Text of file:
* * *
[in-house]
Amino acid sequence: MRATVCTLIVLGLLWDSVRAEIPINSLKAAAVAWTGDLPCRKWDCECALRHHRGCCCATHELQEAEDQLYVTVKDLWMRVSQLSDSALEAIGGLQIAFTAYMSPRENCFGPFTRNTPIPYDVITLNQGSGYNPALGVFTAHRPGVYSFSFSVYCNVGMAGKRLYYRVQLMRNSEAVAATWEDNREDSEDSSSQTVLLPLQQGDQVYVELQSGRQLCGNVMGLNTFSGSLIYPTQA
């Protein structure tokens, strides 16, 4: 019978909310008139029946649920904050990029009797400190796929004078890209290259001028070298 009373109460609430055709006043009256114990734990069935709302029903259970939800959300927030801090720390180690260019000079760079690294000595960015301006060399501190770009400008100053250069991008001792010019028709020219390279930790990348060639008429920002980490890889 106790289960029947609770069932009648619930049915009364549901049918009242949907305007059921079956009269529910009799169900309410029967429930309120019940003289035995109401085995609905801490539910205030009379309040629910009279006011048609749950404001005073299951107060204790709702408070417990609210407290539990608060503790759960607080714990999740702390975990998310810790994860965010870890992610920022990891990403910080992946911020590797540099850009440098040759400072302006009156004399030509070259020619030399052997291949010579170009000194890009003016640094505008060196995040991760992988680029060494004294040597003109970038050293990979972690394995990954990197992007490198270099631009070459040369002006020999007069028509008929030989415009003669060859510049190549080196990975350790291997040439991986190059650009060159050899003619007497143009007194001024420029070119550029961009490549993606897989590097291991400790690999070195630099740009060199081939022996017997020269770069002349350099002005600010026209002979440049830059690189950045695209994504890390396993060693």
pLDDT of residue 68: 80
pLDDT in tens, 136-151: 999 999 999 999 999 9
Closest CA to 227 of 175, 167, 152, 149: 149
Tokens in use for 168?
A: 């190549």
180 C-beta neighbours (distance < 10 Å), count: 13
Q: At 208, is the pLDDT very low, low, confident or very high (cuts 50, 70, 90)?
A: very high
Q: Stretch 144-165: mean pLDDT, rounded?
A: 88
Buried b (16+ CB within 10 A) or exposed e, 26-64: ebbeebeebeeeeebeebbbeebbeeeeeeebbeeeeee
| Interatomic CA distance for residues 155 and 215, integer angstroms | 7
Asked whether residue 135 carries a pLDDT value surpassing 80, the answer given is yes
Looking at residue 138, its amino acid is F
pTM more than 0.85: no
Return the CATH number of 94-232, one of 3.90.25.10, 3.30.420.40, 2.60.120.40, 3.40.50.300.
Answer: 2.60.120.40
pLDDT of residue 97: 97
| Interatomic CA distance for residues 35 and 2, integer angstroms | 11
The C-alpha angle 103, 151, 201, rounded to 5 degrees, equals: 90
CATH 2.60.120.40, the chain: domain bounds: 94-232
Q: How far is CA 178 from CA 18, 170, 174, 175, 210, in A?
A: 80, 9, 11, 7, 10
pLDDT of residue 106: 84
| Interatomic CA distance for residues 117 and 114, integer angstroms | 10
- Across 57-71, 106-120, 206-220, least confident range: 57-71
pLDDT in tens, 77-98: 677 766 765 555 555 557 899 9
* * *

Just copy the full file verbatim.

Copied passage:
[in-house]
Amino acid sequence: MRATVCTLIVLGLLWDSVRAEIPINSLKAAAVAWTGDLPCRKWDCECALRHHRGCCCATHELQEAEDQLYVTVKDLWMRVSQLSDSALEAIGGLQIAFTAYMSPRENCFGPFTRNTPIPYDVITLNQGSGYNPALGVFTAHRPGVYSFSFSVYCNVGMAGKRLYYRVQLMRNSEAVAATWEDNREDSEDSSSQTVLLPLQQGDQVYVELQSGRQLCGNVMGLNTFSGSLIYPTQA
């Protein structure tokens, strides 16, 4: 019978909310008139029946649920904050990029009797400190796929004078890209290259001028070298 009373109460609430055709006043009256114990734990069935709302029903259970939800959300927030801090720390180690260019000079760079690294000595960015301006060399501190770009400008100053250069991008001792010019028709020219390279930790990348060639008429920002980490890889 106790289960029947609770069932009648619930049915009364549901049918009242949907305007059921079956009269529910009799169900309410029967429930309120019940003289035995109401085995609905801490539910205030009379309040629910009279006011048609749950404001005073299951107060204790709702408070417990609210407290539990608060503790759960607080714990999740702390975990998310810790994860965010870890992610920022990891990403910080992946911020590797540099850009440098040759400072302006009156004399030509070259020619030399052997291949010579170009000194890009003016640094505008060196995040991760992988680029060494004294040597003109970038050293990979972690394995990954990197992007490198270099631009070459040369002006020999007069028509008929030989415009003669060859510049190549080196990975350790291997040439991986190059650009060159050899003619007497143009007194001024420029070119550029961009490549993606897989590097291991400790690999070195630099740009060199081939022996017997020269770069002349350099002005600010026209002979440049830059690189950045695209994504890390396993060693």
pLDDT of residue 68: 80
pLDDT in tens, 136-151: 999 999 999 999 999 9
Closest CA to 227 of 175, 167, 152, 149: 149
Tokens in use for 168?
A: 């190549």
180 C-beta neighbours (distance < 10 Å), count: 13
Q: At 208, is the pLDDT very low, low, confident or very high (cuts 50, 70, 90)?
A: very high
Q: Stretch 144-165: mean pLDDT, rounded?
A: 88
Buried b (16+ CB within 10 A) or exposed e, 26-64: ebbeebeebeeeeebeebbbeebbeeeeeeebbeeeeee
| Interatomic CA distance for residues 155 and 215, integer angstroms | 7
Asked whether residue 135 carries a pLDDT value surpassing 80, the answer given is yes
Looking at residue 138, its amino acid is F
pTM more than 0.85: no
Return the CATH number of 94-232, one of 3.90.25.10, 3.30.420.40, 2.60.120.40, 3.40.50.300.
Answer: 2.60.120.40
pLDDT of residue 97: 97
| Interatomic CA distance for residues 35 and 2, integer angstroms | 11
The C-alpha angle 103, 151, 201, rounded to 5 degrees, equals: 90
CATH 2.60.120.40, the chain: domain bounds: 94-232
Q: How far is CA 178 from CA 18, 170, 174, 175, 210, in A?
A: 80, 9, 11, 7, 10
pLDDT of residue 106: 84
| Interatomic CA distance for residues 117 and 114, integer angstroms | 10
- Across 57-71, 106-120, 206-220, least confident range: 57-71
pLDDT in tens, 77-98: 677 766 765 555 555 557 899 9